Inland 22 kilometres from Cartagena and surrounded by mountains Fuente Álamo de Murcia, ideal for the more energetic tourists, walking, climbing and cycling, It is also close to the Hacienda del Álamo Golf Resort.
20 minutes north of Murcia city and close to Orihuela, Santomera has been inhabited since the Argaric Age. It´s habitants are now employed in agriculture and cattle breeding. The town´s annual Moors and Christians fiesta is declared as being of regional tourist interest.
On the Mar Menor and the sandy beaches of the Mediterranean sea, Los Alcázares is probably the top tourist destination in the Costa Calida, where you can enjoy relaxing on the beach or taking part in it´s many water sports.
Located in the Valley of Ricote on the banks of the River Segura and 40 km from the city of Murcia. Abarán provides a beautiful view of the valley Sierra del Oro, as well as its famous historical water wheels, which many can still be seen working today.
A mainly agricultural area Puerto Lumbreras is a perfect spot for rural tourism 20 minutes south of Lorca it provides a varied landscape and vegetation that has built an industry of pottery production, carpets, fabric and articles made from esparto grass, all characteristic of the area.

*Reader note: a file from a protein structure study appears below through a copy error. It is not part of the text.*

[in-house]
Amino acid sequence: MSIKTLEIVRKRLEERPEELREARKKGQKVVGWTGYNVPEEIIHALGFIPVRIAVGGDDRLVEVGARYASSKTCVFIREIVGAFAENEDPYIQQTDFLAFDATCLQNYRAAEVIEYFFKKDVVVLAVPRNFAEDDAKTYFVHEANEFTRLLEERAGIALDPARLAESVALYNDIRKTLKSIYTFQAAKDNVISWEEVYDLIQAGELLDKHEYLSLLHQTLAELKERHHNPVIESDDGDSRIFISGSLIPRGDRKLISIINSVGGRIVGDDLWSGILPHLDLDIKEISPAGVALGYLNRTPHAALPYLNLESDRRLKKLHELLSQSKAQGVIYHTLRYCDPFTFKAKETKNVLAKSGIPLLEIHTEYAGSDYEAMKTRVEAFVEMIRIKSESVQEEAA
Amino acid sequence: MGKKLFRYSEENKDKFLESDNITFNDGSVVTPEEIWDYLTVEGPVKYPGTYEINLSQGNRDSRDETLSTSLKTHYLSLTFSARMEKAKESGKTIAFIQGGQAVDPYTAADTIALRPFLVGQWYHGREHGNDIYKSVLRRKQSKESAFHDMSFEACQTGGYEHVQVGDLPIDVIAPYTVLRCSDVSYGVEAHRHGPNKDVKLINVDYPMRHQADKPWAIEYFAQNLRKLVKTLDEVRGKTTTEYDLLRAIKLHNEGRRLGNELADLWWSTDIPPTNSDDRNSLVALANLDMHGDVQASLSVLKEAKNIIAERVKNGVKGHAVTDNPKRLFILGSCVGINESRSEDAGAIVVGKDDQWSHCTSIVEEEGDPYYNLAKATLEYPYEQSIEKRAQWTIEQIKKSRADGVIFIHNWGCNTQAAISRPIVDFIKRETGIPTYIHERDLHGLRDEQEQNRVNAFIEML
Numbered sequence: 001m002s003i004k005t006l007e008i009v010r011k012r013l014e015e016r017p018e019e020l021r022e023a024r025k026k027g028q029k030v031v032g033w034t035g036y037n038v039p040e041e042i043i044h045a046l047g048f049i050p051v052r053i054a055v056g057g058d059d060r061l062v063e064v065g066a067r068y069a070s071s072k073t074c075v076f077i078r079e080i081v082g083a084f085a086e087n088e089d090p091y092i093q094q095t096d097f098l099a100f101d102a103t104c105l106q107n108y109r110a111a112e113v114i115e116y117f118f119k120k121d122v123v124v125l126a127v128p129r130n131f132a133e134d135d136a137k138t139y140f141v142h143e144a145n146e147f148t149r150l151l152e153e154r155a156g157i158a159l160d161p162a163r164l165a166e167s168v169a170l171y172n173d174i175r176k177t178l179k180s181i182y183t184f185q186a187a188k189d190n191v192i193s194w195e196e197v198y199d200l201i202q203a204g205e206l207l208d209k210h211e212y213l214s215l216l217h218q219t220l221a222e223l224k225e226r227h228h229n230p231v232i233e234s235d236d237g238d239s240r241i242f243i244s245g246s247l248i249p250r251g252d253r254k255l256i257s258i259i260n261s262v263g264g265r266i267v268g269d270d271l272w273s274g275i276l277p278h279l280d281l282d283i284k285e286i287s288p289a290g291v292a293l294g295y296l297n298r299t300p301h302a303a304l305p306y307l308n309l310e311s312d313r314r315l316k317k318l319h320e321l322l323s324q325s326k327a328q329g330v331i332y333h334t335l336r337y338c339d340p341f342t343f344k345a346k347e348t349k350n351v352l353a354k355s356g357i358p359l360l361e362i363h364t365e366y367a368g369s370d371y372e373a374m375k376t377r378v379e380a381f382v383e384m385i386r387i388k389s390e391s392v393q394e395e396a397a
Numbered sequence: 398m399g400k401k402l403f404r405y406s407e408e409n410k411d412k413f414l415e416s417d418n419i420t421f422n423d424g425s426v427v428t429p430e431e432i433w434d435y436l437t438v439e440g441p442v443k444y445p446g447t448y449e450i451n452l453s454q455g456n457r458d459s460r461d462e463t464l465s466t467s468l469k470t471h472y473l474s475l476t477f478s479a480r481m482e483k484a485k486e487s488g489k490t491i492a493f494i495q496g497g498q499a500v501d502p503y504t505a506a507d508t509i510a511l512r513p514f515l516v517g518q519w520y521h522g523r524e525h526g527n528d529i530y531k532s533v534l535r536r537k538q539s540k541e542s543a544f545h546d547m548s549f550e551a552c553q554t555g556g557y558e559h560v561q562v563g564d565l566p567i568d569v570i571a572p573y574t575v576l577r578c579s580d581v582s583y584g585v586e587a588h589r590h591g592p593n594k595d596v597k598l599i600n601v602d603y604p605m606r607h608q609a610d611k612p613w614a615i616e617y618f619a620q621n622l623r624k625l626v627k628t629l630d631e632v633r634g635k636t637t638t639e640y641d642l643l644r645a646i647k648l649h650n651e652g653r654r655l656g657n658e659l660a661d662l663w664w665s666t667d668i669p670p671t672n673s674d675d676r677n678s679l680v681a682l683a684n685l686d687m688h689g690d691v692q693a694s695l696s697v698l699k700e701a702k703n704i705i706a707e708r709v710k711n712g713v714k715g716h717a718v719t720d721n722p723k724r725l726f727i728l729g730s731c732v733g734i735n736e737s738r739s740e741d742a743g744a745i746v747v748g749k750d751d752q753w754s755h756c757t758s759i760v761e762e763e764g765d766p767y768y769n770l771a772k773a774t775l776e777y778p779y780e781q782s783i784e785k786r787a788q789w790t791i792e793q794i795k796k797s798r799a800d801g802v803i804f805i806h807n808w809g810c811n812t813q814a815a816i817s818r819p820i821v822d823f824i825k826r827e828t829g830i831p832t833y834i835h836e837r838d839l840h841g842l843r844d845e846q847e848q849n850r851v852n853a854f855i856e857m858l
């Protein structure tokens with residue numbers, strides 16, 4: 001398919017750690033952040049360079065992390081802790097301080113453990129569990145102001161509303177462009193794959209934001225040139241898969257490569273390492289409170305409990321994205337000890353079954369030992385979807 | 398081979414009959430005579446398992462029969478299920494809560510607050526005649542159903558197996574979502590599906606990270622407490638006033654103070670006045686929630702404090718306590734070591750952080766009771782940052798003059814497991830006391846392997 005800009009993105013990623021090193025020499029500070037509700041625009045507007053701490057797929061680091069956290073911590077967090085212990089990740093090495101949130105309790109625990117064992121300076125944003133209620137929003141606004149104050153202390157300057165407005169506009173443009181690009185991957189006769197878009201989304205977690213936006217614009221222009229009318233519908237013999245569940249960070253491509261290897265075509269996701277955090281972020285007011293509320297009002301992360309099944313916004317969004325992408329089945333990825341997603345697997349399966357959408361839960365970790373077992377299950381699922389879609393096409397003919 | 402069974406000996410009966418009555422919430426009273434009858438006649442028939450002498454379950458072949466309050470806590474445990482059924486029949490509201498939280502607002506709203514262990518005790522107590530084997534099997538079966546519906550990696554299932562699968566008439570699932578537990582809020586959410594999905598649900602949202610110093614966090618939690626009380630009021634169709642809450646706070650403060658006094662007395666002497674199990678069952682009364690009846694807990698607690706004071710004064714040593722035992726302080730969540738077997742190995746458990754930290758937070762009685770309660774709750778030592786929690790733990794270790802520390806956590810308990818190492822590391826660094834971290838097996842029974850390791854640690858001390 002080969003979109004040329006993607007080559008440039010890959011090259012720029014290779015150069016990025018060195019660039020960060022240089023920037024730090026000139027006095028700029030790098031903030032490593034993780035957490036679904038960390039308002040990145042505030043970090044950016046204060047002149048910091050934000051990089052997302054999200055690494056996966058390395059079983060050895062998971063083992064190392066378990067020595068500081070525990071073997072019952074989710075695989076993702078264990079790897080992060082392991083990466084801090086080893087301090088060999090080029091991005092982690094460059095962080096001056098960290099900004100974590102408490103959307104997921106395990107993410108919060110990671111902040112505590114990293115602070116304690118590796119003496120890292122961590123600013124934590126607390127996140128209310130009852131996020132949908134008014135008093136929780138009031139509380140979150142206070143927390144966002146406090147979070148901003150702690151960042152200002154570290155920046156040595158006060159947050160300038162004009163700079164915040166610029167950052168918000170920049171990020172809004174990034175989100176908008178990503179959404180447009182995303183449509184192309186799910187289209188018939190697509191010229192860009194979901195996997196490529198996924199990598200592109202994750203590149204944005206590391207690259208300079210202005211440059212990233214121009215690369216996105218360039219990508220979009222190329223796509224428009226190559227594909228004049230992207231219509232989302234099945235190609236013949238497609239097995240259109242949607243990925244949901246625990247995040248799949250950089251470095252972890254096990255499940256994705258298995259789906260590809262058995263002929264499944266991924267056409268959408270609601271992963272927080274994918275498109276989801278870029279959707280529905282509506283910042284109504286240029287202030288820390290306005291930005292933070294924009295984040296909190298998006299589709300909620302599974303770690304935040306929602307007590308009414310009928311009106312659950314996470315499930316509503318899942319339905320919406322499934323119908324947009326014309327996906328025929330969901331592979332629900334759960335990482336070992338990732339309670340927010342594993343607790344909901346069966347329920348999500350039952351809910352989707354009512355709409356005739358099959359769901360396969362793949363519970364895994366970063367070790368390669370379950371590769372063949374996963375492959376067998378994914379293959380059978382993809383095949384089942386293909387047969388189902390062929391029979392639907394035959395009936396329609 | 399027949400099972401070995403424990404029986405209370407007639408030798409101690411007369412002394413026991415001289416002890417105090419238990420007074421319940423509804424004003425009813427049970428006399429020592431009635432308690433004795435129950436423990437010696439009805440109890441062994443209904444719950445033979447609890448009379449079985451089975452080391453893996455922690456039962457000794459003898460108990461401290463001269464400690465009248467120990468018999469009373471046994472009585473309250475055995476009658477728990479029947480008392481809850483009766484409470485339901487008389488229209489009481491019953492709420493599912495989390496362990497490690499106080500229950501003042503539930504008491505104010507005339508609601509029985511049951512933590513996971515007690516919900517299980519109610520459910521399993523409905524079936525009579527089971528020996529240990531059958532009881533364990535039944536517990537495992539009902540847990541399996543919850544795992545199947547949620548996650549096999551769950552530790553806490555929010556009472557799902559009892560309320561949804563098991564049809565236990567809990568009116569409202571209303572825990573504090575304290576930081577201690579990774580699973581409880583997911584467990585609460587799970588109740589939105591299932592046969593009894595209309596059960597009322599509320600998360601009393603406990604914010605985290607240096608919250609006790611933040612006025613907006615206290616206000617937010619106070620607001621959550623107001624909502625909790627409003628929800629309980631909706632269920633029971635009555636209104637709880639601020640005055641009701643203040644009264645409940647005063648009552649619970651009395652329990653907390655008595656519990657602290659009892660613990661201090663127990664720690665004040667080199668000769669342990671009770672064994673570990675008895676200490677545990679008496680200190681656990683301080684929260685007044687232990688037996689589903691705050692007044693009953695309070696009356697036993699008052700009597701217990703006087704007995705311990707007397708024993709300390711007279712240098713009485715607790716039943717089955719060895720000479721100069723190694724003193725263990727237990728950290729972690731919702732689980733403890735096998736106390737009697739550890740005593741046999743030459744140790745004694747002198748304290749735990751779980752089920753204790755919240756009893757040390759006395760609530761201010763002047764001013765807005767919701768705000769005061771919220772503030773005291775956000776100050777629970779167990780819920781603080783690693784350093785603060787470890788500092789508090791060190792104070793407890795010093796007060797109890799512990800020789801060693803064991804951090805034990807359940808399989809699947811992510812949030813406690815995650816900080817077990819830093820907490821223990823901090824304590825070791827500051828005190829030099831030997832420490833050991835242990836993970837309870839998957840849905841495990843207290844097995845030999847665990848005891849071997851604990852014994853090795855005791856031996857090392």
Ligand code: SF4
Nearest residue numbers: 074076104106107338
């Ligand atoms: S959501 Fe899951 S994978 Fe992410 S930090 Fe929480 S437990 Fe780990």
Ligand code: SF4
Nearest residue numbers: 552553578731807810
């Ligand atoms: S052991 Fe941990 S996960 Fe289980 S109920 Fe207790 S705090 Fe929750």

Bullas is the second highest municipality in the region after Moratalla and has built a reputation for wine making. Its vineyards produce rich red wines, brandies and is especially known for it rose wines. As well as it´s rich history of archaeological sites.
Bordering the Alicante Province Beniel is 18 km east of Murcia and is mainly made up of irrigated land to support its agricultural economy. Settled by the Arabs in the 9th and 10th centuries Beniel is also known for it´s silk making.
Calasparra is a rice producing town, being at the junction between 4 rivers and 2 reservoirs, giving it privileged status due to these water sources. It also has a UNESCO world heritage site for it´s caves with rupestrian paintings.
Ceutí is one of the fastest growing towns in the Murcia Region and is 18 kilometres from the capital. An agricultural town it experienced much growth due to the fruit and vegetable canning industries during the 1960s.